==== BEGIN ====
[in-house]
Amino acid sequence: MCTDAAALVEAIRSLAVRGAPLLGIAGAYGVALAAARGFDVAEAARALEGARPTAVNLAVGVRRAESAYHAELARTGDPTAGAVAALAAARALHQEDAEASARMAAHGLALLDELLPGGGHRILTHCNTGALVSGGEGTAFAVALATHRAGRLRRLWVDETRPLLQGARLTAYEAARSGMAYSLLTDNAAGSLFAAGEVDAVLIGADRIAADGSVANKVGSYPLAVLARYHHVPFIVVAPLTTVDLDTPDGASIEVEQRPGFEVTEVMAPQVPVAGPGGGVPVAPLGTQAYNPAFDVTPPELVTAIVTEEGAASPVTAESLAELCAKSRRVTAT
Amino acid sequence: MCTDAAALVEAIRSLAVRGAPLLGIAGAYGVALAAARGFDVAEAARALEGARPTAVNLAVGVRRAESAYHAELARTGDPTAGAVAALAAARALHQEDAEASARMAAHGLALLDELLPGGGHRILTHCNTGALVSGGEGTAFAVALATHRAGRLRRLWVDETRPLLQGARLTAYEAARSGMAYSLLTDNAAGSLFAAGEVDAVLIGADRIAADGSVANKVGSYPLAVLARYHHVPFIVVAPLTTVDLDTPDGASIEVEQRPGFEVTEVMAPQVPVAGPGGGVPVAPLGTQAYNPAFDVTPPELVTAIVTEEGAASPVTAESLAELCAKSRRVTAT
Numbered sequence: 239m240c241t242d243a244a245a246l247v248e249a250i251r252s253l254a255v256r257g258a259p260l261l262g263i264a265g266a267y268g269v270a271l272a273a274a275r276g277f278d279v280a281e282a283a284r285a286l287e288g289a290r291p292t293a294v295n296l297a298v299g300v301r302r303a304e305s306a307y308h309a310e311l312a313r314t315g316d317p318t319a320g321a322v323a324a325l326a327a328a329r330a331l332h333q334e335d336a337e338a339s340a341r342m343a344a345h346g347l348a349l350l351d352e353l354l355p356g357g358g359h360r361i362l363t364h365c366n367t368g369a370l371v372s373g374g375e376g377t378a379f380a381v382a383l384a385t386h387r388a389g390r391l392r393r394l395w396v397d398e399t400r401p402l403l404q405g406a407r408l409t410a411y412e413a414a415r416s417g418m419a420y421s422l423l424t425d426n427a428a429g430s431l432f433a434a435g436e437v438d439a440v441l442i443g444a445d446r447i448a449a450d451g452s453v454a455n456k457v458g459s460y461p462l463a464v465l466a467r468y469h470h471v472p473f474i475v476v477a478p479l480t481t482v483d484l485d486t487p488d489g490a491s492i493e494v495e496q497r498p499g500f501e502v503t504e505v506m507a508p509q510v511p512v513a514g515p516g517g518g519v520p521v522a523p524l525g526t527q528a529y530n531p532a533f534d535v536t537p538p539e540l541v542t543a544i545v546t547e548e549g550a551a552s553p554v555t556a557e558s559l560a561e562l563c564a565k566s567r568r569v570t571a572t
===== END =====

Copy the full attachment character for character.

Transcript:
[in-house]
Amino acid sequence: MCTDAAALVEAIRSLAVRGAPLLGIAGAYGVALAAARGFDVAEAARALEGARPTAVNLAVGVRRAESAYHAELARTGDPTAGAVAALAAARALHQEDAEASARMAAHGLALLDELLPGGGHRILTHCNTGALVSGGEGTAFAVALATHRAGRLRRLWVDETRPLLQGARLTAYEAARSGMAYSLLTDNAAGSLFAAGEVDAVLIGADRIAADGSVANKVGSYPLAVLARYHHVPFIVVAPLTTVDLDTPDGASIEVEQRPGFEVTEVMAPQVPVAGPGGGVPVAPLGTQAYNPAFDVTPPELVTAIVTEEGAASPVTAESLAELCAKSRRVTAT
Amino acid sequence: MCTDAAALVEAIRSLAVRGAPLLGIAGAYGVALAAARGFDVAEAARALEGARPTAVNLAVGVRRAESAYHAELARTGDPTAGAVAALAAARALHQEDAEASARMAAHGLALLDELLPGGGHRILTHCNTGALVSGGEGTAFAVALATHRAGRLRRLWVDETRPLLQGARLTAYEAARSGMAYSLLTDNAAGSLFAAGEVDAVLIGADRIAADGSVANKVGSYPLAVLARYHHVPFIVVAPLTTVDLDTPDGASIEVEQRPGFEVTEVMAPQVPVAGPGGGVPVAPLGTQAYNPAFDVTPPELVTAIVTEEGAASPVTAESLAELCAKSRRVTAT
Numbered sequence: 239m240c241t242d243a244a245a246l247v248e249a250i251r252s253l254a255v256r257g258a259p260l261l262g263i264a265g266a267y268g269v270a271l272a273a274a275r276g277f278d279v280a281e282a283a284r285a286l287e288g289a290r291p292t293a294v295n296l297a298v299g300v301r302r303a304e305s306a307y308h309a310e311l312a313r314t315g316d317p318t319a320g321a322v323a324a325l326a327a328a329r330a331l332h333q334e335d336a337e338a339s340a341r342m343a344a345h346g347l348a349l350l351d352e353l354l355p356g357g358g359h360r361i362l363t364h365c366n367t368g369a370l371v372s373g374g375e376g377t378a379f380a381v382a383l384a385t386h387r388a389g390r391l392r393r394l395w396v397d398e399t400r401p402l403l404q405g406a407r408l409t410a411y412e413a414a415r416s417g418m419a420y421s422l423l424t425d426n427a428a429g430s431l432f433a434a435g436e437v438d439a440v441l442i443g444a445d446r447i448a449a450d451g452s453v454a455n456k457v458g459s460y461p462l463a464v465l466a467r468y469h470h471v472p473f474i475v476v477a478p479l480t481t482v483d484l485d486t487p488d489g490a491s492i493e494v495e496q497r498p499g500f501e502v503t504e505v506m507a508p509q510v511p512v513a514g515p516g517g518g519v520p521v522a523p524l525g526t527q528a529y530n531p532a533f534d535v536t537p538p539e540l541v542t543a544i545v546t547e548e549g550a551a552s553p554v555t556a557e558s559l560a561e562l563c564a565k566s567r568r569v570t571a572t